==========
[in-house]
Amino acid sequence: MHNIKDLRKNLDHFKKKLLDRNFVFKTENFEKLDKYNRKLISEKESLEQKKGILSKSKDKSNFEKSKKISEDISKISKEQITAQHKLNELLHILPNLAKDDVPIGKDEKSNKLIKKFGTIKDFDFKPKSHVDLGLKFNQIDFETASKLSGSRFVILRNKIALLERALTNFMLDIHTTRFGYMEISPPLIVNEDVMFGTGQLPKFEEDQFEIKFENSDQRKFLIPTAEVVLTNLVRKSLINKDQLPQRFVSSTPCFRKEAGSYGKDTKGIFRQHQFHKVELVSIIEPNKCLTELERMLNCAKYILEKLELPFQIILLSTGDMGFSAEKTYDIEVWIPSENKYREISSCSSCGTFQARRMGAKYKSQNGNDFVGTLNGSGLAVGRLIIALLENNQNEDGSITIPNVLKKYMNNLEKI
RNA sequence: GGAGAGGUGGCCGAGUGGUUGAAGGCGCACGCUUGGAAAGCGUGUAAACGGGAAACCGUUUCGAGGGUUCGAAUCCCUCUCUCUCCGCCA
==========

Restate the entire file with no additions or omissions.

[in-house]
Amino acid sequence: MHNIKDLRKNLDHFKKKLLDRNFVFKTENFEKLDKYNRKLISEKESLEQKKGILSKSKDKSNFEKSKKISEDISKISKEQITAQHKLNELLHILPNLAKDDVPIGKDEKSNKLIKKFGTIKDFDFKPKSHVDLGLKFNQIDFETASKLSGSRFVILRNKIALLERALTNFMLDIHTTRFGYMEISPPLIVNEDVMFGTGQLPKFEEDQFEIKFENSDQRKFLIPTAEVVLTNLVRKSLINKDQLPQRFVSSTPCFRKEAGSYGKDTKGIFRQHQFHKVELVSIIEPNKCLTELERMLNCAKYILEKLELPFQIILLSTGDMGFSAEKTYDIEVWIPSENKYREISSCSSCGTFQARRMGAKYKSQNGNDFVGTLNGSGLAVGRLIIALLENNQNEDGSITIPNVLKKYMNNLEKI
RNA sequence: GGAGAGGUGGCCGAGUGGUUGAAGGCGCACGCUUGGAAAGCGUGUAAACGGGAAACCGUUUCGAGGGUUCGAAUCCCUCUCUCUCCGCCA